The poll worker said that the gentlemen could not vote because the passport did not have his “home address on it”. That is when I asked to speak with the supervisor of the polling station. The supervisor came over and told me the exact same thing. I pulled out my phone and showed her that she was mistaken and that the law clearly states that a US passport is a valid form of identification in order to be allowed to vote. The supervisor said that she would have to call the elections department to get clarification, but I told her that I conducted a simple Google search to show her all the acceptable forms of ID which are allowed to vote in the state of Florida. She did look them up and after consulting with two poll workers, finally relented and let the man vote.
The gentleman came up to me and told me, as he shook my hand, “Thank you for protecting my right to vote”
Pratt returned to the polling station a short while later to confront the poll workers and supervisor. He wanted to get a clear answer regarding their lack of understanding of the basic laws and requirement of the state. Pratt placed his phone in a shirt and had the video camera on while he spoke with the workers. Per the supervisor, it was all just a misunderstanding and a “clerical error.” (Huh?)
Below is video of Pratt’s conversation, courtesy of his Facebook page:
Pratt also wrote that he attempted to speak to another poll worker outside the polling station but was told that he needed to leave because he was “intimidating other voters.” Of course, that is some delicious irony considering he just caught the workers redhanded giving false information to a voter who was likely there to vote for Democrats. As Pratt opined in his piece, and I am in agreement with him, one has to wonder how many other voters, not only in Broward and Miami-Dade Counties but the country as a whole, were given information like this and turned away from the polls.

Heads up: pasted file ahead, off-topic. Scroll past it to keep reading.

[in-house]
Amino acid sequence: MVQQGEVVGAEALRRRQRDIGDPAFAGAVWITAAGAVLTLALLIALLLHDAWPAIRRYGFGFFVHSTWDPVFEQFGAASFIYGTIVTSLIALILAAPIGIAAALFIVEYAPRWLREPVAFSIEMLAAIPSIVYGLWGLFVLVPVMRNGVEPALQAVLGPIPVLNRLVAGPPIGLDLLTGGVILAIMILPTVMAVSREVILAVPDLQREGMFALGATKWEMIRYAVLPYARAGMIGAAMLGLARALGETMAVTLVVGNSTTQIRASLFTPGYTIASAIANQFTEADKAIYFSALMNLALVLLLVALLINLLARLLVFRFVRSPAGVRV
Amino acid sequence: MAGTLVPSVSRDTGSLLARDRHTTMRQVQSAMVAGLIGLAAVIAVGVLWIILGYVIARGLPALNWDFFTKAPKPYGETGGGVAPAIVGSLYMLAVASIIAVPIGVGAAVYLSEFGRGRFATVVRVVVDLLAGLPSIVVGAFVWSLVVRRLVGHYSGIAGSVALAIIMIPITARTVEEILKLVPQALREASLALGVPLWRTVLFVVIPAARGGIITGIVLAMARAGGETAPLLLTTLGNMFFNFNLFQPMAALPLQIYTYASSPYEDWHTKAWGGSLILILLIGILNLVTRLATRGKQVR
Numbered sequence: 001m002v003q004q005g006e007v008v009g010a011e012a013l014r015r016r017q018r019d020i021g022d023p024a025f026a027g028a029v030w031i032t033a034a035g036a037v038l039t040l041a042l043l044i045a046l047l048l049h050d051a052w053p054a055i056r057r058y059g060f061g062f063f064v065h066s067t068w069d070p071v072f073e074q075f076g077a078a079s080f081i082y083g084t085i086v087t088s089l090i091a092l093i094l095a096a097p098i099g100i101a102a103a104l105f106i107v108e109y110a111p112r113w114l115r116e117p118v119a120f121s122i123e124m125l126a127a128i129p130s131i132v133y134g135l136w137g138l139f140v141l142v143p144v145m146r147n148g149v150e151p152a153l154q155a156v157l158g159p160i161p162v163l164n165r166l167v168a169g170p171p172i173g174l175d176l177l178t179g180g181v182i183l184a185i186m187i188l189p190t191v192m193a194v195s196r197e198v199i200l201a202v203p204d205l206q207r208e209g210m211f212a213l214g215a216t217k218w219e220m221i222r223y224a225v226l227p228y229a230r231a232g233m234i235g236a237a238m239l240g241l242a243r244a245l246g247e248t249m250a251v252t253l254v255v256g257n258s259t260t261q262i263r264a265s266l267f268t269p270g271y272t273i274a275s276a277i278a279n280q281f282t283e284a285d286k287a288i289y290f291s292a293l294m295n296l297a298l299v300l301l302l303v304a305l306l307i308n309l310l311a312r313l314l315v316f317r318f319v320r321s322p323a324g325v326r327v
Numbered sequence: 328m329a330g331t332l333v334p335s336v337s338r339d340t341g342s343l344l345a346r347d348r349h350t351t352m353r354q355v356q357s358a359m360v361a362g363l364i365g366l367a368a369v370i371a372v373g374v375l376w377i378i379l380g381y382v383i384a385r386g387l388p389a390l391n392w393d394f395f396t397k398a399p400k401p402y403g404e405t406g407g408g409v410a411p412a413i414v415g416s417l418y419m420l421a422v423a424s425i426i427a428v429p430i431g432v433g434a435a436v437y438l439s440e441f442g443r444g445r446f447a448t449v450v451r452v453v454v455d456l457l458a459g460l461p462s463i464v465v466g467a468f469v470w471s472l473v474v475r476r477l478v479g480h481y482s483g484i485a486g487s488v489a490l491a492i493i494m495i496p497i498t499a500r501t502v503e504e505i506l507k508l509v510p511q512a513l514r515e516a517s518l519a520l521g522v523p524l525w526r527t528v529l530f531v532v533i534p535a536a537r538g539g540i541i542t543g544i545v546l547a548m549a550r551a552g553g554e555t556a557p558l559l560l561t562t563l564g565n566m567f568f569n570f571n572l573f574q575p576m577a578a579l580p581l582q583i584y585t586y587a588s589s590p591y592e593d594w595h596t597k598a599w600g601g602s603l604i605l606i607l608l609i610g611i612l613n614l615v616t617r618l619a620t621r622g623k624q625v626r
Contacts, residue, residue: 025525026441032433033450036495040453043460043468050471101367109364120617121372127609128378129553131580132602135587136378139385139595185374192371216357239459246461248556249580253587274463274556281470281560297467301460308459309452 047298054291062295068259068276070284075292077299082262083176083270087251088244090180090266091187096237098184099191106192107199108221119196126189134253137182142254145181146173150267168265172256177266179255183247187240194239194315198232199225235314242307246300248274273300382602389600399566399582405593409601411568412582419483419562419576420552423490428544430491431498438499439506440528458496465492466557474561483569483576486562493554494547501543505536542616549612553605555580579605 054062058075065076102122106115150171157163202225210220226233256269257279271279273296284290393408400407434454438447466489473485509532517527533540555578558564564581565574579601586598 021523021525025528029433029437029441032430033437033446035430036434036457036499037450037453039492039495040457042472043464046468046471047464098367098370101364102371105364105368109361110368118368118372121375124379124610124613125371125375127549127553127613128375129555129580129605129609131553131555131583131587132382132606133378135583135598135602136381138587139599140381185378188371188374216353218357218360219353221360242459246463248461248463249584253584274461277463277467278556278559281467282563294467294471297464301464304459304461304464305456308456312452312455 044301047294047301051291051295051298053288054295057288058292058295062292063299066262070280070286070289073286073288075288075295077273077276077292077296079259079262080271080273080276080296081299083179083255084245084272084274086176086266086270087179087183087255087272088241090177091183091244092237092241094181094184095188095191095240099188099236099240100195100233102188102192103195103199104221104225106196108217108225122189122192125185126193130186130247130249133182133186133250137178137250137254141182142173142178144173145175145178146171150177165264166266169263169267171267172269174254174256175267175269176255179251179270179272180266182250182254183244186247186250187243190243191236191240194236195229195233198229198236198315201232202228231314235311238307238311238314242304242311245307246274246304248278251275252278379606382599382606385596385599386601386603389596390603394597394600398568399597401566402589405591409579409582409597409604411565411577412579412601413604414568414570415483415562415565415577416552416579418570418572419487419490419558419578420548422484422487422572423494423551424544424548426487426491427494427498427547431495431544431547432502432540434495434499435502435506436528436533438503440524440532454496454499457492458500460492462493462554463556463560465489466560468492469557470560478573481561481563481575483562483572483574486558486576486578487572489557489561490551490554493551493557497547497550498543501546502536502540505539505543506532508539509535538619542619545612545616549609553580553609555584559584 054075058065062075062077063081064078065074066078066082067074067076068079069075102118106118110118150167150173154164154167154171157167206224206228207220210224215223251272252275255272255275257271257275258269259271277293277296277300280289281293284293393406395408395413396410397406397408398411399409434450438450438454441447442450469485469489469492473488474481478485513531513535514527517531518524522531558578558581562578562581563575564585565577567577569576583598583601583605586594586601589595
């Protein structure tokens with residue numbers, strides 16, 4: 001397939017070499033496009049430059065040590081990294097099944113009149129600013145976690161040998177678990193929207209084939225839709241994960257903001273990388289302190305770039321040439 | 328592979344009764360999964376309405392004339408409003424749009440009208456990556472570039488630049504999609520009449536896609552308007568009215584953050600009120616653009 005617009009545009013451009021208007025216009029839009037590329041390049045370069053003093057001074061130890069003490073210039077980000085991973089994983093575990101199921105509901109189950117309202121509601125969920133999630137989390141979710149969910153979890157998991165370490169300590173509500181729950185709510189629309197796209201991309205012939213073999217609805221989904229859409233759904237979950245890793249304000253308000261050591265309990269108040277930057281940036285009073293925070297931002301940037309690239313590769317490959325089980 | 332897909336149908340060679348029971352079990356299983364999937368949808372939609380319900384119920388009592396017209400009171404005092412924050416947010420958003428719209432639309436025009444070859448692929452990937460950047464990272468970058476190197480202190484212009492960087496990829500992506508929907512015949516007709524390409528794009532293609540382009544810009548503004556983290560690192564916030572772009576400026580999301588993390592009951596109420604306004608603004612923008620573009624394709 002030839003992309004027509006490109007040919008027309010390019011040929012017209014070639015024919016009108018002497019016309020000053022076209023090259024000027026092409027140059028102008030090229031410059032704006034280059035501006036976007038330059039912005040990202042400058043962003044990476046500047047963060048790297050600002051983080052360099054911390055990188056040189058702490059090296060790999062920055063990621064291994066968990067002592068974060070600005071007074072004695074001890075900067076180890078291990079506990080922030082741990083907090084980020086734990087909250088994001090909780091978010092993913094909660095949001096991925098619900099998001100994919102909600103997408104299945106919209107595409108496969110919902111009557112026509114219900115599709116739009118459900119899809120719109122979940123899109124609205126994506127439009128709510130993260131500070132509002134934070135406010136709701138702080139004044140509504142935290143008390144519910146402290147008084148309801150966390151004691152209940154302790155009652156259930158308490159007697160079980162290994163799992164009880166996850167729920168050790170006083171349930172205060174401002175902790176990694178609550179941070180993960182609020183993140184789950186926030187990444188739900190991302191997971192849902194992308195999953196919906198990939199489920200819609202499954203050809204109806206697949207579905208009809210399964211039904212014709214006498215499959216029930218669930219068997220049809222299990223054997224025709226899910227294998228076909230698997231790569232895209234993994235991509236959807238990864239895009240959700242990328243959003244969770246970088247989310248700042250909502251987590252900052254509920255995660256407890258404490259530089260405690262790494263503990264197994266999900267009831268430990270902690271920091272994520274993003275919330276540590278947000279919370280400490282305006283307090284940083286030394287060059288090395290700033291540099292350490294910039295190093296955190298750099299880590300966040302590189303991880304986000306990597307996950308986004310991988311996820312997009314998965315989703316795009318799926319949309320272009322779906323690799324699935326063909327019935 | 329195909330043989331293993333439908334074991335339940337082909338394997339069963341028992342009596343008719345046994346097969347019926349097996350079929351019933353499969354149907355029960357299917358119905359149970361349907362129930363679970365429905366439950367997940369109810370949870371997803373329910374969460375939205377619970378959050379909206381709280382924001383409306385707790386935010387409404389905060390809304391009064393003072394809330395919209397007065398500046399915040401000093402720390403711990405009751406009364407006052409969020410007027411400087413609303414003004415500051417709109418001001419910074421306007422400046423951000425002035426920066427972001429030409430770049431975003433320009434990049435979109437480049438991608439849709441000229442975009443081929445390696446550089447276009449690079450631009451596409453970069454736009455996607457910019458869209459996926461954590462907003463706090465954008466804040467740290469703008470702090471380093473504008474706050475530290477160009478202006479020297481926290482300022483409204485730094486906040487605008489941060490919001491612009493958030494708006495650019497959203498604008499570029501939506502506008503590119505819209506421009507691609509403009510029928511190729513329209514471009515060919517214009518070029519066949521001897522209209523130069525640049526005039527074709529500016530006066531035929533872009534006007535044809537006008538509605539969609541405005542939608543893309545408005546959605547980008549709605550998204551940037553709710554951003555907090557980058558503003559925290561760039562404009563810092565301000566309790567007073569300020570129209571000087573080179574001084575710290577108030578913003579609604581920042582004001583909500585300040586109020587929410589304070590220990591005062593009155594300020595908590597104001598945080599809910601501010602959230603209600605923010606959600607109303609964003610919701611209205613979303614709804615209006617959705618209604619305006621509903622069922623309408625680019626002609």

The GOP ‘wave’ that we witnessed can be tied to a number of things, such as races being mostly in red or swing states, or the decision of many Democrats to run away from President Obama and his accomplishments, or just the general history that the 6th year of a two-term presidency tends to bring losses for the President’s party. However, it appears that we saw a real impact from voter ID laws across the country, as well as actual incidents of voter intimidation and suppression. Whether it is the 40,000 missing voter registrations, mostly of minorities, in Georgia, or Mitch McConnell’s fliers in Eastern Kentucky, there seemed to be a concerted effort to negatively impact Democratic votes.
In this instance, we have clear evidence that voter intimidation via the dissemination of false information occurred on Election Night. Who knows how many other times this happened Tuesday night?
Image courtesy of The Gaily Grind
Justin Baragona is the Managing Editor at Politicus Sports as well as Senior Editor at PoliticusUSA. He was a political writer for 411Mania.com before joining PoliticusUSA. Politically, Justin considers himself a liberal but also a realist and pragmatist. Currently, Justin lives in St. Louis, MO and is married. Besides writing, he also runs his own business after spending a number of years in the corporate world. You can follow Justin on Twitter either with his personal handle (@justinbaragona) or the Sports site’s (@PoliticusSports).